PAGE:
In late May, I penned a commentary here titled ''Do ‘Jewish jokes’
need to be updated?'' which challenged Jewish comedians on stage and
movies to make modern Jewish humor in the 21st century better mirror
Jewish culture today and leave the Catskils and Borsch Belt behind.
Adding the text of a kind battle cry I called "The Silverman Manifesto
(2012)," I noted that I had some qualms about how it might or might
not go over among American Jews, and whether it might be or might not
Still, struck by some of the God-awful humor that has made its way
into so-called “Jewish humor” over the years — most of it good and
life-affirming, but some of it tasteless and sexist and even feeding
into the Internet hands of neo-Nazis and anti-semites — I asked
readers to look at my ''manifesto'' in order to raise some issues that
I hoped thoughtful people would address, pro and on.
The manifesto, I emphasized, was meant merely as an alarm bell, a
''wake up call'' for Jewish writers, comedians, film directors,
artists, screenwriters, producers, actors and others to re-examine the
state of Jewish humor in 2012 and where it’s headed. And a look back
to the past might not hurt either.
Now, two months later, Professor Ted Merwin at Fairleigh Dickson
University in Pennsylvania, and a regular drama critic for the Jewish
Weekly in New York, has
answered my call independently, with his own take on what's right and
what's wrong with Jewish humor today. Reviewing the current
off-Broadway revue titled
"Old Jews Telling Jokes" (which has gotten many very good reviews by
the way, and only few critical reviews).
Merwin is direct and to the point, noting: "[The play] essentially
transports its audience 'up the mountains' (as my grandmother would
say) to the Catskills. In Borscht Belt jokes, Jewish men always felt
murderous toward their wives, non-Jewish women were secretly more
attractive to Jewish men than Jewish women were, rabbis always offered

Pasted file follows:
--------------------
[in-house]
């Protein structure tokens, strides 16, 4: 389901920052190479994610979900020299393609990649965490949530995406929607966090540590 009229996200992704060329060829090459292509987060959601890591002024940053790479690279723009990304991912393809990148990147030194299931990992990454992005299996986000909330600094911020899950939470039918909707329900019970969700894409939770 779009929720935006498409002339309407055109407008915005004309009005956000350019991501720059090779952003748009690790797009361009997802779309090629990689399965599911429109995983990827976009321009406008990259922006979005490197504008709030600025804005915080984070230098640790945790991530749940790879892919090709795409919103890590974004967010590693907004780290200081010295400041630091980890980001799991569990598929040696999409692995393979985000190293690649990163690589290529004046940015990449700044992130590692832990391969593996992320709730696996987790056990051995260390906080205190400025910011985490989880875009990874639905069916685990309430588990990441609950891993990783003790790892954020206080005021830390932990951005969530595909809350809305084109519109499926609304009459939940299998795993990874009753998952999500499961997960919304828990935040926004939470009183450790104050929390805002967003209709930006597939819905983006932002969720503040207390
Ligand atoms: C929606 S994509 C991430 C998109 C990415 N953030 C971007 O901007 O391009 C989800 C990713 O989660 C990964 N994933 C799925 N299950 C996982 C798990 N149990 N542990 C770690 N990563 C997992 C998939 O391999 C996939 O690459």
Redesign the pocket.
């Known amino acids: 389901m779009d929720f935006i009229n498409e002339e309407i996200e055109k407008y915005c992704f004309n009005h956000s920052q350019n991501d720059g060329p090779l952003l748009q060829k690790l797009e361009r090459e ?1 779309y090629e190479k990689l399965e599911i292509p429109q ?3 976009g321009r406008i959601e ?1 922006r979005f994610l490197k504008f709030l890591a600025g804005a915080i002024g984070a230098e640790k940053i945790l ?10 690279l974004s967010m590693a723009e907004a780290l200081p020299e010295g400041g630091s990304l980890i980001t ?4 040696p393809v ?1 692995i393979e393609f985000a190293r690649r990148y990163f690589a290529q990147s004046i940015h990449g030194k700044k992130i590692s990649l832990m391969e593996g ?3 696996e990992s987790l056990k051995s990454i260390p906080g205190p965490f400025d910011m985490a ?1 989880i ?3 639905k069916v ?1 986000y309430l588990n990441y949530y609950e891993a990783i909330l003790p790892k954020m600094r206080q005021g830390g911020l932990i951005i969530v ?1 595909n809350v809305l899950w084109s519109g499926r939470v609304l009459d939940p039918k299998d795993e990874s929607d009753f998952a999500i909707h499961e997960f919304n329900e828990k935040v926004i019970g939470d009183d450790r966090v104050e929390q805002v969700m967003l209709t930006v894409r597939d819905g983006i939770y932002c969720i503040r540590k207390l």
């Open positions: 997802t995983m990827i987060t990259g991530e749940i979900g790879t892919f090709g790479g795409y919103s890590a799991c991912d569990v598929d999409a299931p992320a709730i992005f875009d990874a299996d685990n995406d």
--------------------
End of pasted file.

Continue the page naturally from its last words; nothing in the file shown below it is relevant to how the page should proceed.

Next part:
ridiculous advice, and gentiles occupied a rarefied realm that Jews
could never hope to enter. The dated quality of the show is summed up
in two of its most inspired routines, which are Susman’s heavily
Yiddish-accented, solemn rendering of “Ol’ Man River” and a sing-along
with the audience of Tom Lehrer’s “Hanukkah in Santa Monica,” a song
about Jews discovering that Jewish life can (big surprise!) actually
take root outside of New York.''
Merwin adds: "To compensate for their nagging sense of outsiderness,
the show implicitly suggests, Jews turned to humor -- in particular,
dirty jokes. Either sex or scatology is thus the underlying theme of
almost every gag. Jests about masturbating teenagers, blushing brides,
under-endowed grooms, priapic desert-island castaways, lascivious old
ladies, flaccid old men, aphrodisiac Jewish foods -- the sex jokes go
on and on. Same with the jokes about bodily functions, which embrace
everything from women stuck on toilets to men with prostate and bowel
''This is where one needs to wonder if the show, despite having plenty
of heart, has a soul," Merwin writes. "A non-Jew who wandered into the
theater could be forgiven for thinking that Jews, despite being
renowned for their intellectual attainments, are in reality obsessed
with their lower bodies. Or that upwardly mobile Jews remain stuck in
a low-class or unassimilated Jewish past that they have only
transcended on the outside, but still inhabit in some nether region of
their deepest selves.''
Merwin concludes that he wishes the revue ''didn’t insult its
audience’s intelligence quite so much," adding that he was "reminded
of Bryan Fogel’s and Sam Wolfson’s phenomenally successful “Jewtopia”
(which played at the Westside Theater in 2006), which trotted out
every Jewish stereotype and excretory joke in the book, as if paradise
for Jews is an eternity on the toilet."
The professor's final verdict: "Perhaps I’m asking too much, but I
wish that “Old Jews Telling Jokes” afforded some kind of new
perspective on the place of humor in Jewish life, rather than yet
another guilty peep into the bedroom or bathroom window.''
Professor Merwin did not read the article I wrote here on May 24, nor
did he read "The Silverman Manifseto." He does not know me, and I have
never known of his work before either, having
lived outside the USA for almost 20 years. Still, our views are very close
regarding ''some kind of new perspective on the place of humor in
I was heartened to read his review in Jewish Week.